Queen University has worst gender pay gap
Queen's has come under fire from its own staff after a study found it has the widest gender pay gap among senior academics of 24 leading UK universities.
QUB's female professors were paid nearly 15% less than male colleagues, figures collated by the Higher Education Statistics Agency show.
In 2015/16 this meant a female professor would earn almost £12,000 less on average.
The findings showed QUB had the highest percentage pay gap among the Russell Group, a body made up of the 24 leading UK research universities.
Dr Leonie Hannan, a research fellow at the university, and the University and College Union's equality representative, said the issue had been raised many times by members.
She said: "We always knew this was an issue from what members were reporting and saying anecdotally, but now we have the concrete evidence that this is the case.
"The issue goes much deeper - my colleagues will also talk about a lack of opportunities for career progression.
"Some very high-ranking women in the university are affected, and some have felt they have no choice but to look for opportunities elsewhere.
"I'm early career and it's very demeaning for me to look and see that only 22% of senior management positions are filled by women."
Professor Mary O'Dowd, a gender history lecturer, said she was "puzzled" by the discrepancy when she first became aware of it four years ago.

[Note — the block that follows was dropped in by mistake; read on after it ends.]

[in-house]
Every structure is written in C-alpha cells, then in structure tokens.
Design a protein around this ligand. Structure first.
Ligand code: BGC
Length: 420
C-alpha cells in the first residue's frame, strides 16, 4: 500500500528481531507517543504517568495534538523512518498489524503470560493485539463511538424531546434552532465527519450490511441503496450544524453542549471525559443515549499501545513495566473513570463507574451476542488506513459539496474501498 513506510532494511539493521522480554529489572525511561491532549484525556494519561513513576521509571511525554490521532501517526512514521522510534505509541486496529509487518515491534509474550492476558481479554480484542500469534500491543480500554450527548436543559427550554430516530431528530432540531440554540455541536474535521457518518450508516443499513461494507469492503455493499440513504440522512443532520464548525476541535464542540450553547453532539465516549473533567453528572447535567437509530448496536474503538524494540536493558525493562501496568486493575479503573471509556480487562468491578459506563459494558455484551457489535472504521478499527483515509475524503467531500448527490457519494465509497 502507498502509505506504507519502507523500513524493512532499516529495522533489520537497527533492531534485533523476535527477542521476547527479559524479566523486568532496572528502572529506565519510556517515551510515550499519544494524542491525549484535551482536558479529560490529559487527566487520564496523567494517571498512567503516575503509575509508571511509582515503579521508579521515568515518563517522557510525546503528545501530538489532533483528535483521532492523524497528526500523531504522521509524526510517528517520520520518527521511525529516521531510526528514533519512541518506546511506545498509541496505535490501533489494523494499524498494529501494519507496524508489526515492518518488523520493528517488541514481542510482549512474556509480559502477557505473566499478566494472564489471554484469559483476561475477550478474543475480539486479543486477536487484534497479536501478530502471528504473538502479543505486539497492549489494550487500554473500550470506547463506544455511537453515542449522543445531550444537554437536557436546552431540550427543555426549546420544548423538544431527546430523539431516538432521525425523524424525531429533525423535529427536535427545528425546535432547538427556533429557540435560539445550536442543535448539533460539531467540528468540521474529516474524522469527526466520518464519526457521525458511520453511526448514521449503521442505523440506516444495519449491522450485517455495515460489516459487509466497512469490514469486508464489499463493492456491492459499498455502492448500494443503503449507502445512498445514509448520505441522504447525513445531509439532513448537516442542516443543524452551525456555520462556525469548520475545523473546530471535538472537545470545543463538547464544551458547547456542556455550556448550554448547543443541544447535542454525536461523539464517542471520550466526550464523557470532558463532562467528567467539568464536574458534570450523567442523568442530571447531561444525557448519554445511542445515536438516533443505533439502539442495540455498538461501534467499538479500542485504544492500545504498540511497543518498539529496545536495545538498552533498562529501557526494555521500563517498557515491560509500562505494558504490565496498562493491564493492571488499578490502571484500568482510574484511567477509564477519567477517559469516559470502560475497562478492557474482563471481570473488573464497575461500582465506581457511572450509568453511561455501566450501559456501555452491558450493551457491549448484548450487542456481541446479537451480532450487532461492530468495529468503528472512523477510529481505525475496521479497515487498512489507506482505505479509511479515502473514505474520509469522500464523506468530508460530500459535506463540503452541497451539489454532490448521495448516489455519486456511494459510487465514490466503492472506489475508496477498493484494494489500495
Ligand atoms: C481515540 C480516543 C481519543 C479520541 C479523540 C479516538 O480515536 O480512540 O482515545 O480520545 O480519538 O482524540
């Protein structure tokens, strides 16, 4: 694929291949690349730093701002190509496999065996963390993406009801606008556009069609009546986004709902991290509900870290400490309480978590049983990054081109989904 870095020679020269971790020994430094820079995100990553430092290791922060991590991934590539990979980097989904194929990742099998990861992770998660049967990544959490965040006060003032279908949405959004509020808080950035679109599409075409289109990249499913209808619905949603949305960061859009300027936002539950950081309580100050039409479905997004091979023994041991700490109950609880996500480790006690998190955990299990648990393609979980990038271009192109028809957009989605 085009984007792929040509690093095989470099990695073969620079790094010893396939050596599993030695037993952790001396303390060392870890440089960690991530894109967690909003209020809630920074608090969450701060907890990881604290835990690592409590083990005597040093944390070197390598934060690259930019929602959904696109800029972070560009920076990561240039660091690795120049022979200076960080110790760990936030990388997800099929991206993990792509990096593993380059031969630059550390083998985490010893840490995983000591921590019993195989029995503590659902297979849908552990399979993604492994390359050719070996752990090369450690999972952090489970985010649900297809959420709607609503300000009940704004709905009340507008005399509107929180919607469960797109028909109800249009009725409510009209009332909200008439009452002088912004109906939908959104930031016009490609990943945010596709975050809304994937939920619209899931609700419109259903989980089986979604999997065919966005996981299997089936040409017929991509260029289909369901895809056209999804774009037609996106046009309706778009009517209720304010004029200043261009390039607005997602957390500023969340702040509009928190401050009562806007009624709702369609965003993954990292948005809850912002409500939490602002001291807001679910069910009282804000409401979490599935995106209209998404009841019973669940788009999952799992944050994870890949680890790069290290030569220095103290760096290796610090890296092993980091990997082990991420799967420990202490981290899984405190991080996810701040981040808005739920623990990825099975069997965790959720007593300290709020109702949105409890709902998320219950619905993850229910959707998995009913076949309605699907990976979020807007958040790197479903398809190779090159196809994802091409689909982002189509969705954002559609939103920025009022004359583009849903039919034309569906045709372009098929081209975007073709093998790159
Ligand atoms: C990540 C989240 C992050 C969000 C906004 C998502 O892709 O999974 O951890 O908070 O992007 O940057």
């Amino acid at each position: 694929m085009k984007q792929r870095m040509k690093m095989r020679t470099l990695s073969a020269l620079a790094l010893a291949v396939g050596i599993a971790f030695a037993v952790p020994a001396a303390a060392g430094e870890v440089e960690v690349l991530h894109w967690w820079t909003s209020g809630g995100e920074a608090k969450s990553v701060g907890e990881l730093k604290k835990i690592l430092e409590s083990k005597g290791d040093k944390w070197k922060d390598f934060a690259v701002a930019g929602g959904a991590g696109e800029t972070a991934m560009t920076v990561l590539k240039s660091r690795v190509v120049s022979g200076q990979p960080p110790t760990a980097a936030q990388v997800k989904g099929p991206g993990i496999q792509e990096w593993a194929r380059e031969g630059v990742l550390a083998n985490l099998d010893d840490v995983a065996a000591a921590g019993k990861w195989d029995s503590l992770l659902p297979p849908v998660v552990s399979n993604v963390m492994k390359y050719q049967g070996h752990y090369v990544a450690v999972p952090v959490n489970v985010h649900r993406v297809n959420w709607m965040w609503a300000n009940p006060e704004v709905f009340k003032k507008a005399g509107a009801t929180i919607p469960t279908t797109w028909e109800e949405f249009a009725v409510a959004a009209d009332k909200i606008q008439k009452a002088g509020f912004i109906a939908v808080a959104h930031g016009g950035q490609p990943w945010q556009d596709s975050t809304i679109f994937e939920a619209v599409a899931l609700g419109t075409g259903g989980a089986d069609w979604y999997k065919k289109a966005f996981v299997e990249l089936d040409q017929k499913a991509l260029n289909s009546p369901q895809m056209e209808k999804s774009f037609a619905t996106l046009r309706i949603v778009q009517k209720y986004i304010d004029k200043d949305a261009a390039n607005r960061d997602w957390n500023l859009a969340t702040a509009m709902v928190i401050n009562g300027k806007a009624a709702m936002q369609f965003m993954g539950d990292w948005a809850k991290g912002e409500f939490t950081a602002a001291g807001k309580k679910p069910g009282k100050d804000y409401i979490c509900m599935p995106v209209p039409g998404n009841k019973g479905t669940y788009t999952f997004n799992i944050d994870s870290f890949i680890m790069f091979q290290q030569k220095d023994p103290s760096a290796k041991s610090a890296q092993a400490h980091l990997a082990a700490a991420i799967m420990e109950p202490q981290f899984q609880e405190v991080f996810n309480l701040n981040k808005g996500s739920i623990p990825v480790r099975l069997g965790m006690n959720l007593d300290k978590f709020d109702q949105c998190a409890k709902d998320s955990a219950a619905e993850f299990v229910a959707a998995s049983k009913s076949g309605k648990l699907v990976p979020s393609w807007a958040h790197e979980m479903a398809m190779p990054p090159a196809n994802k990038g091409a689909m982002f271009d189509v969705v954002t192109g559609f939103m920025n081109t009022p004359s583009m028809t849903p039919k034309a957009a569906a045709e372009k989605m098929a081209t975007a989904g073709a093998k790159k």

However, she acknowledged that progress had been made.
She said: "It hasn't been a priority, except in the last year; a committee has been set up to investigate the issue and there is a lot of sympathy.
"A lot of it has to do with the retention of male professors who have been offered positions elsewhere and might have left the university if they weren't offered higher salaries."
Queen's said it was tackling the issue and supported the career development of women in the university.
It added: "Queen's is committed to improving the careers of academic women as evidenced by our success in the Athena SWAN awards.
"Queen's recognises that there is more work to be done to promote gender equality, including the gender pay gap, and is taking positive steps to address these issues.
"The university has carried out a professorial gender pay gap review and is developing a holistic action plan, in consultation with the professoriate, to address the gap."